olympic legacy

As the Rio 2016 Olympic Games enthral the world in Brazil, thoughts in the UK are turning to the legacy of our own Games in London 2012. And with the attention comes the inevitable criticism from those disappointed that the transformations they dreamed of - in the economy and prospects of people in East London, or in sports participation - have not come about, or at least not in the way they had wanted.
Maybe it's because it seemed like there was so much sport between us and it over the past year - world cups in rugby union and Twenty20, the Euros, Wimbledon - but the Rio Games seemed in a permanent state of far-away-ness, but now the opening ceremony is this week.
It's no surprise that students who are estranged are at a greater disadvantage then those with supportive families. All in all, I want my society to help make the lives of estranged students at MMU a little easier, and make the MMU community a more estrangement-friendly place. And if I can manage that, then I'll be happy...
Summer 2012. A group of athletes from an area of sport previously only followed by die-hards and sporting hipsters burst
I am a bit of a cynic about the human and social aspects of events legacy. Energy and promise is concentrated at the planning stage. Legacy forums proliferate and good intentions blossom in the run up to events. Then after the big bang of the event there is a black hole. A better word than legacy for what so often happens might be 'pregacy'...
Parts of this area, which less than a generation ago was one of the poorest regions in Western Europe, now has some of the highest land values in the world; of course, they are not occupied by the same families. Poverty hasn't been eliminated or even reduced. It has been relocated.
London City Airport sits in the heart of London's famous Royal Docks. The airport of the Square Mile residing in one of London's poorest communities has always struck me as a tad peculiar.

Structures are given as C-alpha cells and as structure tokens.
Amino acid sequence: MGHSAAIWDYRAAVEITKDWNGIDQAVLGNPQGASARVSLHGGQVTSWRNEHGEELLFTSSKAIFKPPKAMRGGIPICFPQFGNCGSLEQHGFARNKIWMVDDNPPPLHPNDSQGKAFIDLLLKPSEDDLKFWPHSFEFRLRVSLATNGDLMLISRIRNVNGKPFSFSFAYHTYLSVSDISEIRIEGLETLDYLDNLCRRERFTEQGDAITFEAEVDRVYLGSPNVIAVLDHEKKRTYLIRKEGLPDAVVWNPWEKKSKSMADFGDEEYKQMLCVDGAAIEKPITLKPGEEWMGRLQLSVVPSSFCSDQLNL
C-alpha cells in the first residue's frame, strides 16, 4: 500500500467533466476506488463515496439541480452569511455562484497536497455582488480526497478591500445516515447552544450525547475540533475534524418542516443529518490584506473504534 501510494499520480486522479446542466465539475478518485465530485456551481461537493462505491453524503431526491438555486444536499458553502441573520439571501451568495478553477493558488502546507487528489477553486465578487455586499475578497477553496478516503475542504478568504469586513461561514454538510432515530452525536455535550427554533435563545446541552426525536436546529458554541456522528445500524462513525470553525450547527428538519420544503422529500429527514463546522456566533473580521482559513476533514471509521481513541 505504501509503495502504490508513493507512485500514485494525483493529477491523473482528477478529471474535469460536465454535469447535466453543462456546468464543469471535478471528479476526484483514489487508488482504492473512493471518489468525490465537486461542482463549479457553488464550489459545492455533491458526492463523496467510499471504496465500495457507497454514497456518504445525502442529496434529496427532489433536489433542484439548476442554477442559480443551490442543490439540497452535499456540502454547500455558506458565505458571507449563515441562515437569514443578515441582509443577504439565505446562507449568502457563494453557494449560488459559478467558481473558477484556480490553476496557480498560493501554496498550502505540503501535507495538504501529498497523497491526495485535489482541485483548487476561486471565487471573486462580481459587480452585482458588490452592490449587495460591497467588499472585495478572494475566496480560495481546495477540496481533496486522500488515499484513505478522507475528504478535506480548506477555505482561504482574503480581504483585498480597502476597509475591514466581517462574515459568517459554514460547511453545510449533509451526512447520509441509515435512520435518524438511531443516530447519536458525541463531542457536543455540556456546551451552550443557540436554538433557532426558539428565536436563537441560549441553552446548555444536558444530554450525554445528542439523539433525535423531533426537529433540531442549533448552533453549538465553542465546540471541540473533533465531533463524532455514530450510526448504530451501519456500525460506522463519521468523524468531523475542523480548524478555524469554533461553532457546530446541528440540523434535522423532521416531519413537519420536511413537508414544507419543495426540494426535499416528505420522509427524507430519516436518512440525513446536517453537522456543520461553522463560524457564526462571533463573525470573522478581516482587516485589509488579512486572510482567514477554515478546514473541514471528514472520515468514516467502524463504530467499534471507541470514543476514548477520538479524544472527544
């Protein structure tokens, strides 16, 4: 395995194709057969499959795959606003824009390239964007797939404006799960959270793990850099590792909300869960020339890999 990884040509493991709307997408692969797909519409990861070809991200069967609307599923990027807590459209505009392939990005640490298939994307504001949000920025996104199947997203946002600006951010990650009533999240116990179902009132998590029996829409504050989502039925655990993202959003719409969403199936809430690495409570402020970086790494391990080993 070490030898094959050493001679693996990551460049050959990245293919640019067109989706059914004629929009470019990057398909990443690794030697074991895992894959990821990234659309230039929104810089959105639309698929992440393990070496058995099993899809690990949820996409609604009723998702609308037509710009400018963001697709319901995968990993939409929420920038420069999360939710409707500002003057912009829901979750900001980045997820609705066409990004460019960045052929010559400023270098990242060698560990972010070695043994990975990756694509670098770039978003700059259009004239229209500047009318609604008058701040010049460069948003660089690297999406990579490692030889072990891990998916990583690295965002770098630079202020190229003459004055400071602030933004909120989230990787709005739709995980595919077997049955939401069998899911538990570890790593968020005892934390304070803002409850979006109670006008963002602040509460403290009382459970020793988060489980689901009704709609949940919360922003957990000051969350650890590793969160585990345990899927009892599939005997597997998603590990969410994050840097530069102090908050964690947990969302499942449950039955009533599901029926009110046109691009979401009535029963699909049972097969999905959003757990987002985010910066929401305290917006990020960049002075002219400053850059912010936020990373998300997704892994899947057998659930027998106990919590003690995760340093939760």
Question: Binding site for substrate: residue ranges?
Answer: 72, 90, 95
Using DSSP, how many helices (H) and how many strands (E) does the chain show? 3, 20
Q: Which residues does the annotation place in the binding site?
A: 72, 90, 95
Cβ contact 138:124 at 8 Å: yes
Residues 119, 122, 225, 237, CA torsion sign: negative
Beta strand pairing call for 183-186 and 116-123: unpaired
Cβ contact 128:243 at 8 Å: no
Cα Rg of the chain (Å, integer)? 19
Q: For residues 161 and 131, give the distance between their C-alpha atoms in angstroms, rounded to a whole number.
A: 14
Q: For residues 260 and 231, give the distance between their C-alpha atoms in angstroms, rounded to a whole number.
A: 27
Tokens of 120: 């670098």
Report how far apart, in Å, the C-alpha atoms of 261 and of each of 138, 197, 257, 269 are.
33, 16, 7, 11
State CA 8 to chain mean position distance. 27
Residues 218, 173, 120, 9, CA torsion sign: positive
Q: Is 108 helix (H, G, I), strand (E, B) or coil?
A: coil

There is no guarantee that basketball would have become the next British Cycling even with funding but you can't just assume that the only value of a sport is to bring success at an international level. There's so much more to it than that.
Over two million British children live in families who can't afford a trip to the seaside... we like to run day trips and camps to classy events and venues that disadvantaged teenagers are otherwise very unlikely to get near. The latest of these is the residential camp we've set up in Glasgow across the Commonwealth Games.
I don't want to claim that community sports aren't facing real difficulties with regard to funding and keeping local facilities open, but it is worth publicising those events where local people are continuing to get involved in mass participation events, despite all the controversial funding issues. These events are also showing even the most cynical of commentators, that even after the lucrative advertising opportunities that the Olympics created have disappeared, corporate business and sponsors are still putting effort and resources into getting communities and young people interested in sport.